The complex ethical, legal and privacy issues surrounding the use of CCTV cameras in aged care residents’ rooms need to be carefully teased out after a Four Corners investigation showed footage of an elderly resident being assaulted by a care worker, Australia’s aged consumer group says.
Part two of the ABC’s Four Corners special investigation into aged care aired on Monday night, this time containing videos of residents being slapped and forcibly pushed down on a bed as well as allegations of cover-ups and questions about whether some deaths could have been prevented.
COTA CEO Ian Yates says there needs to be a careful investigation of the issues around having CCTV cameras installed in residents’ rooms, especially those put there by families or staff.
“The royal commission needs to tease this through,” he told Australian Ageing Agenda. “We are not opposed to or advocating, we are indicating that there are really serious and complex issues involved in this.
“The use of hidden cameras, to which families and staff feel they have to resort to protect residents, involves complex privacy and other legal issues that the royal commission must help untangle so we can protect residents and at the same time respect their right to privacy in their own bedrooms.
“We’re not saying that they never should be used but we’re very hesitant about their widespread use.”
Traffic light system
COTA is also calling for the introduction of a ‘traffic light’ system of rating for aged care providers.
The system, implemented in England by the Care Quality Commission, awards providers ‘red’ for a fail, ‘amber’ for a minor fail and ‘green’ for a pass. Exceptional performance is recognised with a star.
The Four Corners program also highlighted the need to get rid of the three-month window of notice given to providers for re-accreditation visits and introduce random, unannounced checks as soon as possible, Mr Yates added.
Leading Age Services Australia CEO Sean Rooney, who attracted widespread criticism after his appearance on the first Four Corners series but says he will remain at the helm of the industry group, said some of the footage on last night’s program was “sickening” and deplorable.
However he said the more than 200,000 Australians currently living in residential aged care received high standards of care from “passionate and professional” staff.
Aged and Community Services Australia CEO Pat Sparrow described the stories as retold on Four Corners as “unacceptable”.
Both peaks expressed confidence that the new independent Aged Care Quality and Safety Commission, coming into force next January would drive improvements in Australia’s aged care system.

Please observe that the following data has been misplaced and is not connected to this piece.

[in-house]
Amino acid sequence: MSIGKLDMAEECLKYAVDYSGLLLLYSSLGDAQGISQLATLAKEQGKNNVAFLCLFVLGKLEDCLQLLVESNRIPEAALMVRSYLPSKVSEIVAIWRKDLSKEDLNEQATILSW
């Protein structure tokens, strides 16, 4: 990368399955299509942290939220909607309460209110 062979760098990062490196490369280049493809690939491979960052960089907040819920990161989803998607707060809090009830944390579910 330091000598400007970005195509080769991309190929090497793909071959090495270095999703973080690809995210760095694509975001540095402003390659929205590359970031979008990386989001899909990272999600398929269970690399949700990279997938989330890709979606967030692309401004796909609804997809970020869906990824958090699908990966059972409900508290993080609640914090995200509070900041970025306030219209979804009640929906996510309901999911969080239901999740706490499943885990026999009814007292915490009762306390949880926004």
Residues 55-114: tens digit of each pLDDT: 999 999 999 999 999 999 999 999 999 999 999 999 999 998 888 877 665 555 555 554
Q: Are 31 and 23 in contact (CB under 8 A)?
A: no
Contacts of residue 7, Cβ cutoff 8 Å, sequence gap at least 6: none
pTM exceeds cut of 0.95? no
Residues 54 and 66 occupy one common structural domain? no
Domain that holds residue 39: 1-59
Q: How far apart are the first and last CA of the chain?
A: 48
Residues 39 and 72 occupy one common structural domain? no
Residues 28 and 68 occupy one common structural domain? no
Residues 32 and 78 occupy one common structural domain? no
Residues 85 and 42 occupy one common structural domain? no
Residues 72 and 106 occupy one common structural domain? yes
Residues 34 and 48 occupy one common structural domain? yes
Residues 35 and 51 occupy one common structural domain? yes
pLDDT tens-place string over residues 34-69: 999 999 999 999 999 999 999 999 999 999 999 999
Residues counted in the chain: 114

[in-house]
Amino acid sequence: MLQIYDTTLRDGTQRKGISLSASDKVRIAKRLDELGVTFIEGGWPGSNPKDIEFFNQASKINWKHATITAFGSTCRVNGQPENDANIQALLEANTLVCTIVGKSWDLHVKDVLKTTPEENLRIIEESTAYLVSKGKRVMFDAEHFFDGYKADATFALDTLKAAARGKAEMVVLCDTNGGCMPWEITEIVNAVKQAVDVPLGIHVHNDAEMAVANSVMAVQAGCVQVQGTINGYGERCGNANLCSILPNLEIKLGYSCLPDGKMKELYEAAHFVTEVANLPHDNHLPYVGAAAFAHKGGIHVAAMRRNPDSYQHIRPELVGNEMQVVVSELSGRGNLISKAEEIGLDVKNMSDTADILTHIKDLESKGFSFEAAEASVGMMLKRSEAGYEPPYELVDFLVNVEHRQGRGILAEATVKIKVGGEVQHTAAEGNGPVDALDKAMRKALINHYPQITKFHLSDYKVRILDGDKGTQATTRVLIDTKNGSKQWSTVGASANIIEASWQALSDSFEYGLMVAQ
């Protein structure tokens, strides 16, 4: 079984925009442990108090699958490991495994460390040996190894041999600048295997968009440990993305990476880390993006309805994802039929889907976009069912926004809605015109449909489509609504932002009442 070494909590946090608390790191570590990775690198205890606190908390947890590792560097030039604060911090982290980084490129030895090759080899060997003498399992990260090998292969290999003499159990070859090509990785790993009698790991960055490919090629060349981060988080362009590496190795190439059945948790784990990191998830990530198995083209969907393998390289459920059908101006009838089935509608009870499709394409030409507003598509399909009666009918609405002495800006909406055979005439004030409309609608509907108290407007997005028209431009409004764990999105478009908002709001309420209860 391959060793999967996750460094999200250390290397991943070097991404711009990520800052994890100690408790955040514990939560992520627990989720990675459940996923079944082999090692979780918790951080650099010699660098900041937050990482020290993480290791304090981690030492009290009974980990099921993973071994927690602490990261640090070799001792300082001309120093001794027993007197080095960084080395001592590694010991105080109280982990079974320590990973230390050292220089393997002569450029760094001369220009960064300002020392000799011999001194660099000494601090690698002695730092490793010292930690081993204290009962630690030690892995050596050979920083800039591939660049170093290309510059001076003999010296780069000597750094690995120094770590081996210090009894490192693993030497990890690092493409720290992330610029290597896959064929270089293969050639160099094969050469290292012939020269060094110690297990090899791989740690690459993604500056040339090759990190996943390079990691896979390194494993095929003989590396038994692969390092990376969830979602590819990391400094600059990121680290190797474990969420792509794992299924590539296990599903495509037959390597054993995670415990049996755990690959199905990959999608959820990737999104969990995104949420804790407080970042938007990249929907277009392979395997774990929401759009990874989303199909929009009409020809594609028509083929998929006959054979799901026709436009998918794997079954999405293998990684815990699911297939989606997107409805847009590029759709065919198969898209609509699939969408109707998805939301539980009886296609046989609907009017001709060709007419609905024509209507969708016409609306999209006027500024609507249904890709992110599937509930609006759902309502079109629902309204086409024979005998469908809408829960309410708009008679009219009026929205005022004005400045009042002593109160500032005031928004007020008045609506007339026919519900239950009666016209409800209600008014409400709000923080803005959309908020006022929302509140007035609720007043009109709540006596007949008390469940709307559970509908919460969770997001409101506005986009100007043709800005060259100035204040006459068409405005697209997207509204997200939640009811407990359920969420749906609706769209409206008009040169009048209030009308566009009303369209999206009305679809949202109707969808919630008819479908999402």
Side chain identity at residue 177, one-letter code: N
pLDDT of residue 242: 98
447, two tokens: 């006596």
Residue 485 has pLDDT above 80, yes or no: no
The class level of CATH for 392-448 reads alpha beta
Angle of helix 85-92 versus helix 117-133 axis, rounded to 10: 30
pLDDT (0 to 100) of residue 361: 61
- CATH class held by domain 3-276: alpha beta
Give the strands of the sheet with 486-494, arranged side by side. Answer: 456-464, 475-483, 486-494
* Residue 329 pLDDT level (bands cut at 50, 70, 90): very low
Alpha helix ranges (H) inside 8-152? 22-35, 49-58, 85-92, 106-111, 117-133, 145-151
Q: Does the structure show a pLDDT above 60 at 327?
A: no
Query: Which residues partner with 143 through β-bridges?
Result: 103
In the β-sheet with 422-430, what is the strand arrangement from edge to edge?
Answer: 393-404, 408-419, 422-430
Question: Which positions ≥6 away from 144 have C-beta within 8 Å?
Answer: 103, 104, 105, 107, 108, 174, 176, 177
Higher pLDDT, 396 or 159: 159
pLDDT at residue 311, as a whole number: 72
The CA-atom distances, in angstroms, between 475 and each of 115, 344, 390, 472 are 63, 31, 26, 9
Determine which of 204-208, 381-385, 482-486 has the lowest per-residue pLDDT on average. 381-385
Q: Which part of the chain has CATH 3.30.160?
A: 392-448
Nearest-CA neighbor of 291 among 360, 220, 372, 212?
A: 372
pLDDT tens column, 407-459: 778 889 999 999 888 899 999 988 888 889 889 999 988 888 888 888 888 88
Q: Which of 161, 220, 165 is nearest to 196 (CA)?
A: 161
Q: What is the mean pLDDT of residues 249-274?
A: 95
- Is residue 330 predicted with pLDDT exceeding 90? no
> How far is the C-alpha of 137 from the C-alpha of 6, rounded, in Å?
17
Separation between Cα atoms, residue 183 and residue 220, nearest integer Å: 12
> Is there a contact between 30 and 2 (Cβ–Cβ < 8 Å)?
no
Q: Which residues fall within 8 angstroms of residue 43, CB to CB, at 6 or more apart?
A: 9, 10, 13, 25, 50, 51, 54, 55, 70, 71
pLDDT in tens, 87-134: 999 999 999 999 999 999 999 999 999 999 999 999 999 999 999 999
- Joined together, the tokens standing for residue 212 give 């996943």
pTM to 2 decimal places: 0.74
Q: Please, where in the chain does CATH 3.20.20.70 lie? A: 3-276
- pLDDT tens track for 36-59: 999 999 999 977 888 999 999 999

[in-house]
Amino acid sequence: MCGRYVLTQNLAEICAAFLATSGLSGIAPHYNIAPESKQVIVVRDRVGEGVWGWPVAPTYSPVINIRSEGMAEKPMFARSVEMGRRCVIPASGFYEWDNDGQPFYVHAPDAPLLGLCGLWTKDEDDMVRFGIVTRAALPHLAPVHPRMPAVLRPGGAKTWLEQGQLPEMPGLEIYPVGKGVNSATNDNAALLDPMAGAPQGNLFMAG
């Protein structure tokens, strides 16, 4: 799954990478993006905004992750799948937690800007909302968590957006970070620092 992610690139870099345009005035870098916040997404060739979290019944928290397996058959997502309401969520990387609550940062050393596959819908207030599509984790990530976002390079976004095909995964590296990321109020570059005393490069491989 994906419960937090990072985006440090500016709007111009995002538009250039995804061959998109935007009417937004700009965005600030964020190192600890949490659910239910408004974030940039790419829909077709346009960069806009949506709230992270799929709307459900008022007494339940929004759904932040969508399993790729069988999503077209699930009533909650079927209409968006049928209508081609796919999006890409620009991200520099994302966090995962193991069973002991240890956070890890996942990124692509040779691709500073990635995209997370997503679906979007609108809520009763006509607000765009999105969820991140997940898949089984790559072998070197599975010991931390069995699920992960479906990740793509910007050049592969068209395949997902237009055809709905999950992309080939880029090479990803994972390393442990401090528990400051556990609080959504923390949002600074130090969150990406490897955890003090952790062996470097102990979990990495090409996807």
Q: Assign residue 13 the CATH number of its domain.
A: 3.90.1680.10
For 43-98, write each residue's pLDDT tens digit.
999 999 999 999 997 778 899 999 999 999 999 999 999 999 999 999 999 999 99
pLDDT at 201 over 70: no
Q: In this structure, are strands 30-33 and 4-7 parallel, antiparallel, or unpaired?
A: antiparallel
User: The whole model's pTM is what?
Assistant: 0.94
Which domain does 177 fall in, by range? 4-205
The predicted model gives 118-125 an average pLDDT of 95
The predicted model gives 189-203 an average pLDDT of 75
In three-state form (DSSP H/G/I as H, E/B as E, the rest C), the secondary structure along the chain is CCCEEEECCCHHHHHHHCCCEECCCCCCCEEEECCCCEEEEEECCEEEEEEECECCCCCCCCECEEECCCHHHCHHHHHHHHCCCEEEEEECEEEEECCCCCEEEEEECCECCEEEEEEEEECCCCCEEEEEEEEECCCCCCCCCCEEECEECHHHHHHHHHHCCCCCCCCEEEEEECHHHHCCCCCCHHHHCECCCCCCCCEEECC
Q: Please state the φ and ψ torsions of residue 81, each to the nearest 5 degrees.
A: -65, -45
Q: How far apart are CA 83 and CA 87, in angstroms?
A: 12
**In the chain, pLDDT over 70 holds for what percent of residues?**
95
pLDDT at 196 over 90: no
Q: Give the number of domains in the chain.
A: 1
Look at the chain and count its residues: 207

ACSA also said it looked forward to working with the aged care royal commission announced by Prime Minister Scott Morrison on September 16.
“Consumers, the community and providers all need firm but fair regulation that is both transparent and protects the principles of safety and quality of life. Regulation that identifies and holds to account those who abuse and neglect,” Ms Sparrow said.
Approximately 3,000 submissions have been received on the terms of reference for the commission and they can continue to made until midnight tonight.
Nurses continue push for staffing ratios
Nurses meanwhile continued to use the airing of Four Corners and the current high media profile of problems in the aged care system to highlight their national campaign for mandated staffing ratios in care facilities.
The NSW Nurses and Midwives Association said it visited eight aged care facilities in Sydney’s eastern suburbs last night to audit nurse-to-resident ratios and found an average of one-to-68. The poorest ratio was just one Registered Nurse to 84 residents.
“This is a sector whose providers profit over $1 billion a year, receives healthy government subsidies, large resident deposits and fortnightly part-pension payments, yet it still has no guaranteed staffing or reporting requirements,” NSWNMA General Secretary Brett Holmes said.
A number of aged care providers were named in the last installment of the Four Corners investigation Who Cares, including Estia Health where a resident was filmed being assaulted by a former staff member.
The former care worker, Dana Gray, pleaded guilty to the 2017 assault in April and is serving 17 months home detention. Estia notified police as soon as it became aware of the allegations against Gray and dismissed her. In a statement last week Estia called for a national register of aged care workers.
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